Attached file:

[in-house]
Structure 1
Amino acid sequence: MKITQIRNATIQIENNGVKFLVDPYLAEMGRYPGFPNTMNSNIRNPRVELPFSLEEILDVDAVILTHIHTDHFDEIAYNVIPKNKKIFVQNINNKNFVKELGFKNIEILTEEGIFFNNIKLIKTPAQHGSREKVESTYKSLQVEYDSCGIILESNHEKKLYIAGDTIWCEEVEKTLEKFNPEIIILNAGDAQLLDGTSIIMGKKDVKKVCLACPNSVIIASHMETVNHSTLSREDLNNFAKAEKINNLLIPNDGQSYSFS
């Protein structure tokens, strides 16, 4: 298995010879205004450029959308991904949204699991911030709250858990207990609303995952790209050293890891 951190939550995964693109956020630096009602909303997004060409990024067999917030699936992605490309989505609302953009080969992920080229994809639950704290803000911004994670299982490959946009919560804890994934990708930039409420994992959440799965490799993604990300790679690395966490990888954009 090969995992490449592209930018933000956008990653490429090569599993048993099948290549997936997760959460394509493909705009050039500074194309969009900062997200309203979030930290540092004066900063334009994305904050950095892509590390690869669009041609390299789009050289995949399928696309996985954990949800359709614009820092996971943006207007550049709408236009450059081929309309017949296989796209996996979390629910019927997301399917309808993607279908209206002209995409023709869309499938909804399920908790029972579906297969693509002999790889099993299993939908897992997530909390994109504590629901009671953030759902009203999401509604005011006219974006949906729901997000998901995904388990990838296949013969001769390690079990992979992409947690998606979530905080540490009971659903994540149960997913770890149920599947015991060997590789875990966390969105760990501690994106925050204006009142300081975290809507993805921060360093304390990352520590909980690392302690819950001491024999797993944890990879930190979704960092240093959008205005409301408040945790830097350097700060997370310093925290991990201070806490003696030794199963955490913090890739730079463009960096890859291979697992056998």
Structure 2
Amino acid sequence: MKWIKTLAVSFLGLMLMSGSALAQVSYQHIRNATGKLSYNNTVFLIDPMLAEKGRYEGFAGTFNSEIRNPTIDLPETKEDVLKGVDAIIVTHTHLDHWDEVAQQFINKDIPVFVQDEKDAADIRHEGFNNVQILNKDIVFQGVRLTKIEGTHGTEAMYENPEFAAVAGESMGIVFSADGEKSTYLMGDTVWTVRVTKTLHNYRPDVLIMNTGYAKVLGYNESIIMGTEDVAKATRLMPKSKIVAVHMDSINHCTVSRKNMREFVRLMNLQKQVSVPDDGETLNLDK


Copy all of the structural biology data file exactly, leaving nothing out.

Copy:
[in-house]
Structure 1
Amino acid sequence: MKITQIRNATIQIENNGVKFLVDPYLAEMGRYPGFPNTMNSNIRNPRVELPFSLEEILDVDAVILTHIHTDHFDEIAYNVIPKNKKIFVQNINNKNFVKELGFKNIEILTEEGIFFNNIKLIKTPAQHGSREKVESTYKSLQVEYDSCGIILESNHEKKLYIAGDTIWCEEVEKTLEKFNPEIIILNAGDAQLLDGTSIIMGKKDVKKVCLACPNSVIIASHMETVNHSTLSREDLNNFAKAEKINNLLIPNDGQSYSFS
């Protein structure tokens, strides 16, 4: 298995010879205004450029959308991904949204699991911030709250858990207990609303995952790209050293890891 951190939550995964693109956020630096009602909303997004060409990024067999917030699936992605490309989505609302953009080969992920080229994809639950704290803000911004994670299982490959946009919560804890994934990708930039409420994992959440799965490799993604990300790679690395966490990888954009 090969995992490449592209930018933000956008990653490429090569599993048993099948290549997936997760959460394509493909705009050039500074194309969009900062997200309203979030930290540092004066900063334009994305904050950095892509590390690869669009041609390299789009050289995949399928696309996985954990949800359709614009820092996971943006207007550049709408236009450059081929309309017949296989796209996996979390629910019927997301399917309808993607279908209206002209995409023709869309499938909804399920908790029972579906297969693509002999790889099993299993939908897992997530909390994109504590629901009671953030759902009203999401509604005011006219974006949906729901997000998901995904388990990838296949013969001769390690079990992979992409947690998606979530905080540490009971659903994540149960997913770890149920599947015991060997590789875990966390969105760990501690994106925050204006009142300081975290809507993805921060360093304390990352520590909980690392302690819950001491024999797993944890990879930190979704960092240093959008205005409301408040945790830097350097700060997370310093925290991990201070806490003696030794199963955490913090890739730079463009960096890859291979697992056998």
Structure 2
Amino acid sequence: MKWIKTLAVSFLGLMLMSGSALAQVSYQHIRNATGKLSYNNTVFLIDPMLAEKGRYEGFAGTFNSEIRNPTIDLPETKEDVLKGVDAIIVTHTHLDHWDEVAQQFINKDIPVFVQDEKDAADIRHEGFNNVQILNKDIVFQGVRLTKIEGTHGTEAMYENPEFAAVAGESMGIVFSADGEKSTYLMGDTVWTVRVTKTLHNYRPDVLIMNTGYAKVLGYNESIIMGTEDVAKATRLMPKSKIVAVHMDSINHCTVSRKNMREFVRLMNLQKQVSVPDDGETLNLDK